GLENCORE boss Gary Nagle laid into companies that sold their coal assets in an effort to comply with environmental, sustainability and governance standards, saying this did not benefit global decarbonisation.
Defending the group’s strategy of running down its coal production, Nagle said during media questions at its capital markets presentation today that his shareholders did not want the group to follow the example of Anglo American or South32.
In July, Anglo American demerged its South African thermal coal export assets listing it as Thungela Resources on the Johannesburg Stock Exchange. Several weeks earlier, South32 completed the sale of its 94% stake in South African Energy Coal, a domestic and export coal business in South Africa. It was sold to Seriti Resources.
“Investors looking at Thungela Resources say they think that is the wrong approach,” said Nagle. “The overwhelming feedback [from Glencore shareholders] is that wasn’t the correct one. … The first thing that came out of the [Thungela Resources’] CEO’s mouth was that they wanted to grow the company,” said Nagle.
Of Seriti, Nagle said: “It’s a private company so we don’t know what their plans are. But speaking to management, they want to grow. Mike Teke [CEO of Seriti Resources] is a great guy and a good operator, but he wants to make money.”
Glencore recently fell under criticism by a shareholder for deciding to retain coal. According to a report by Bloomberg News, activist investor Bluebell Capital Markets said in a letter to the miner that its strategy of retaining and running down thermal coal production made Glencore “… not an investible company for investors who place sustainability at the heart of their investment process”.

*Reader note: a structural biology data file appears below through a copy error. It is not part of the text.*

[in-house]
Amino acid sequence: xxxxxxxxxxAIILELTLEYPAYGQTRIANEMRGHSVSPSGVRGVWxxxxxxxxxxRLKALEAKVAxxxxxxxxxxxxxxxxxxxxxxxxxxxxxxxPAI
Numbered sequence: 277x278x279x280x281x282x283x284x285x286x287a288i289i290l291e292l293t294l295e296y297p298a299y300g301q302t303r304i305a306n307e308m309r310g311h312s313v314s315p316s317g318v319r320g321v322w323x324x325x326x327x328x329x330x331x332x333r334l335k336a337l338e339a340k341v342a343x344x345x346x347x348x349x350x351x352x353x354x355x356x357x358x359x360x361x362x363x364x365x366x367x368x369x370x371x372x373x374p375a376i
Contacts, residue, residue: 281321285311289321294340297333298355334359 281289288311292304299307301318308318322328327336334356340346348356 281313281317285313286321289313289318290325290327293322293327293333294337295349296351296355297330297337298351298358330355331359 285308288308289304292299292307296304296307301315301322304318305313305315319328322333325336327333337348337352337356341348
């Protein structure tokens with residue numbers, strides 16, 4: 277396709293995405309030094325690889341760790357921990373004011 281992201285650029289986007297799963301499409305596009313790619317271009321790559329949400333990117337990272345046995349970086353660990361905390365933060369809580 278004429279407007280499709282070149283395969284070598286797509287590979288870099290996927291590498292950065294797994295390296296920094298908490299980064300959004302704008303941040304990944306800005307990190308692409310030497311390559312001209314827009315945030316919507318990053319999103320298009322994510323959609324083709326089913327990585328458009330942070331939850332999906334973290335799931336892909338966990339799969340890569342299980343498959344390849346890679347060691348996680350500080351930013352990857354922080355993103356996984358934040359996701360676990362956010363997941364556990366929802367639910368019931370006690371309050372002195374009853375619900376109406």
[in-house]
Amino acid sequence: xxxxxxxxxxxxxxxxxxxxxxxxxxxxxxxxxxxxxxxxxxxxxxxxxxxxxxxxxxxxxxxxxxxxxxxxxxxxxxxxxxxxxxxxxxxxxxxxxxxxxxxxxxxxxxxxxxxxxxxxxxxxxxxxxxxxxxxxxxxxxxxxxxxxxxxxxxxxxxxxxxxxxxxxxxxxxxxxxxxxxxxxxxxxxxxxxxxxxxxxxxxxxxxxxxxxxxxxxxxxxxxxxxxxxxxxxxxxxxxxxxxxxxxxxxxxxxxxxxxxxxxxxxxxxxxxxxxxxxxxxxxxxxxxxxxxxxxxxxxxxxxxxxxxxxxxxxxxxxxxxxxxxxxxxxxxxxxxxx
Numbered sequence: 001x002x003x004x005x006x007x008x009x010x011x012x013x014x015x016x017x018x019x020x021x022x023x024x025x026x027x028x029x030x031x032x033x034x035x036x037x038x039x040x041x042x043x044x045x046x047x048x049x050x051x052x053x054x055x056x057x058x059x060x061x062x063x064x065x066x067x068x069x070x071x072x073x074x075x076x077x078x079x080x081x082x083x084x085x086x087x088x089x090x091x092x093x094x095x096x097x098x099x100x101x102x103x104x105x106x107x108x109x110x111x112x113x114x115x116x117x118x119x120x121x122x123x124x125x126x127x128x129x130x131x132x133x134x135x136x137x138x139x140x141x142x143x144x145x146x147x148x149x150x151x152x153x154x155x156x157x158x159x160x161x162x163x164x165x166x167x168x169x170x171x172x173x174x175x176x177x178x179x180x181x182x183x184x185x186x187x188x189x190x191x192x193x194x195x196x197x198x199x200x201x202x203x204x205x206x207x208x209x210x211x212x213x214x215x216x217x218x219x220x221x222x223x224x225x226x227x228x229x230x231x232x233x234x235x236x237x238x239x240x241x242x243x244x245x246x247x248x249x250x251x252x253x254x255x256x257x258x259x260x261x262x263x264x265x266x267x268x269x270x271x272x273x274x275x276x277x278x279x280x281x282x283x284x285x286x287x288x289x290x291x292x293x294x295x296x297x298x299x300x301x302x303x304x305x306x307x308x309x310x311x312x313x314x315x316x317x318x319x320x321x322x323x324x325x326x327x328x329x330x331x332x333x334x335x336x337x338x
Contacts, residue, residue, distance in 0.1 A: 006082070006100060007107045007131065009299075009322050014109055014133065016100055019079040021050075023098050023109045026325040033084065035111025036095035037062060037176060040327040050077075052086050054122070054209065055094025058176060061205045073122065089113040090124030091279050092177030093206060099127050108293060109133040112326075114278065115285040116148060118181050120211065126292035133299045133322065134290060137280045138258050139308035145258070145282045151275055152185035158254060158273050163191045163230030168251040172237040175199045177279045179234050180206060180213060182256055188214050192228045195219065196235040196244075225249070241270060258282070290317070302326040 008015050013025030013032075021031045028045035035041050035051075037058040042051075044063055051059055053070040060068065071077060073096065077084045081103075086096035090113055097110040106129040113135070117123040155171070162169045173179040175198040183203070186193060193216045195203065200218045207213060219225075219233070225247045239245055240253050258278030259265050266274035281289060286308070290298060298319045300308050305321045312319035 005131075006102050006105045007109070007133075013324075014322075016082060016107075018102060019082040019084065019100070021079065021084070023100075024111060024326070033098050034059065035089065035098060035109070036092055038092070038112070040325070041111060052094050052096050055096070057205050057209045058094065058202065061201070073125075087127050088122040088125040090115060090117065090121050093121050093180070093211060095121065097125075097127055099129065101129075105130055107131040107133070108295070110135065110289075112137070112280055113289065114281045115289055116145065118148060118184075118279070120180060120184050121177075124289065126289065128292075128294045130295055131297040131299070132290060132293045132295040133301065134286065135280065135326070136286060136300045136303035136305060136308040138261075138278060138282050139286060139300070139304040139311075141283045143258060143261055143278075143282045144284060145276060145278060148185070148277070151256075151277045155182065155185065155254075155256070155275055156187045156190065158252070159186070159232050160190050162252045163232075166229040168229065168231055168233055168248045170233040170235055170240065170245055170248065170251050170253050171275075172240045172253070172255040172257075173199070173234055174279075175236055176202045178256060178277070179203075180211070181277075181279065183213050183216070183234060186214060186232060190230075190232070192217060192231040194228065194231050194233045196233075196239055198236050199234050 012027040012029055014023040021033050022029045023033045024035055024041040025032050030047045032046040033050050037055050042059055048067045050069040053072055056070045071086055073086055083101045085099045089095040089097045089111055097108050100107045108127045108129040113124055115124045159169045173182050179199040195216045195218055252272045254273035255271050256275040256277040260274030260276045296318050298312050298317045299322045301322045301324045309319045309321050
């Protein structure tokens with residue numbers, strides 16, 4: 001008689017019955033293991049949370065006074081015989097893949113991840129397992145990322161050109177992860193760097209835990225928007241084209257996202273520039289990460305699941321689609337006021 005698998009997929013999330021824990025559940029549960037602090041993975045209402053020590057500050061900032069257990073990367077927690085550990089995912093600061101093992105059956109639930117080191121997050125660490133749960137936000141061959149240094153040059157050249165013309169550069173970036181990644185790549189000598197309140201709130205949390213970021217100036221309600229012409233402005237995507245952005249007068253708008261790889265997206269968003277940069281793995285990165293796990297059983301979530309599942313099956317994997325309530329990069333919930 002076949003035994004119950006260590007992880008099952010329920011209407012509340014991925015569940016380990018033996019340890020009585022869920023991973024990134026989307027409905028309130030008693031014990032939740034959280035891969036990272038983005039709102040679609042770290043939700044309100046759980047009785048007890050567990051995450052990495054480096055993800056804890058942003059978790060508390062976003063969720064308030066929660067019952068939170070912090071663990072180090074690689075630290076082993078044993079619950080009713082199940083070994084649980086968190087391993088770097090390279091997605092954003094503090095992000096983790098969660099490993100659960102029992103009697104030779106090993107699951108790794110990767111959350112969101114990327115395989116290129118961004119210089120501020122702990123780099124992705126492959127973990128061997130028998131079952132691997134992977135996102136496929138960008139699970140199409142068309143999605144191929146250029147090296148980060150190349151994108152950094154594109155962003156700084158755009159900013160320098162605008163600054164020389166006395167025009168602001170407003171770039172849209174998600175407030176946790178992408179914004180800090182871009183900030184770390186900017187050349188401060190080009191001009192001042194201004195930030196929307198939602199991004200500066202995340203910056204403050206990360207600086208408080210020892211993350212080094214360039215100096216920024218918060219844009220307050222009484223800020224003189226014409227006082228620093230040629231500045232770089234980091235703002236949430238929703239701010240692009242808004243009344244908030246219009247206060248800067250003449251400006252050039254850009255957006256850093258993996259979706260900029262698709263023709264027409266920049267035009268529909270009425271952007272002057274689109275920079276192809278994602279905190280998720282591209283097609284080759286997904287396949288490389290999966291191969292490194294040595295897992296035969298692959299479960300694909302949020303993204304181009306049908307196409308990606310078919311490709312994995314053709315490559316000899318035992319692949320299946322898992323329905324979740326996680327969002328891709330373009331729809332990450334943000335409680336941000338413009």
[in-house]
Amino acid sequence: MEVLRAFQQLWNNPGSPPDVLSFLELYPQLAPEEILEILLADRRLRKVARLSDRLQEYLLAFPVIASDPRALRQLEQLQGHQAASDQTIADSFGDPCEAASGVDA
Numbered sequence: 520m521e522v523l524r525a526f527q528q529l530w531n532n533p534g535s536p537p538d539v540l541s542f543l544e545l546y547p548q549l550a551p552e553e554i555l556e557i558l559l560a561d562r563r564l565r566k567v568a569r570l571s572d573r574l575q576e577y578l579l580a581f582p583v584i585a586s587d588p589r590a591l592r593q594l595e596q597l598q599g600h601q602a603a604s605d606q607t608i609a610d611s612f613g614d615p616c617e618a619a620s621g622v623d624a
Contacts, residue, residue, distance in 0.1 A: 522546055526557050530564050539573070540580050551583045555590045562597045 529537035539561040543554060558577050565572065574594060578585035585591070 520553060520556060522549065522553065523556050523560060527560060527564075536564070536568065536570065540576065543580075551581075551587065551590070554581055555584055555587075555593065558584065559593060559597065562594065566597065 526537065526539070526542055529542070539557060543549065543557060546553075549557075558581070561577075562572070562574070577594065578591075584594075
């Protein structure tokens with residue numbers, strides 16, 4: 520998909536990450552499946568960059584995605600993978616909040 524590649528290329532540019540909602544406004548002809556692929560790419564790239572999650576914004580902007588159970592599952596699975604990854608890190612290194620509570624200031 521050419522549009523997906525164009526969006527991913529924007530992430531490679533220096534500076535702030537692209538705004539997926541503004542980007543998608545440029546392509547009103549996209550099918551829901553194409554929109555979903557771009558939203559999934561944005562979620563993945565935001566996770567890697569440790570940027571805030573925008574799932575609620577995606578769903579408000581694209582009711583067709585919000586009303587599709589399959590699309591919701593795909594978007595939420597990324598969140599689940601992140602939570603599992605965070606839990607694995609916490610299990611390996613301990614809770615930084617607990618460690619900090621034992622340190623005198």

“We believe our business model is robust and the right one,” said Nagle in response. “The run-down [of coal] strategy is the responsible strategy for our business and the world,” said Nagle. “We put it to our shareholders at the AGM and got a 94% approval.”
Glencore said it would produce 15% less coal by 2026 and have halved production by 2035. “That’s written in stone,” said Nagle.
Regarding the outlook for the 2022 financial year, Glencore forecast earnings before interest, tax, depreciation and amortisation (EBITDA) of $21.7bn. Of this estimated amount, $6.3bn was earned from its coal assets, mostly in the second half of the financial year. While thermal coal was the second largest contributor to EBITDA, the largest contribution was from copper which generated $7.9bn.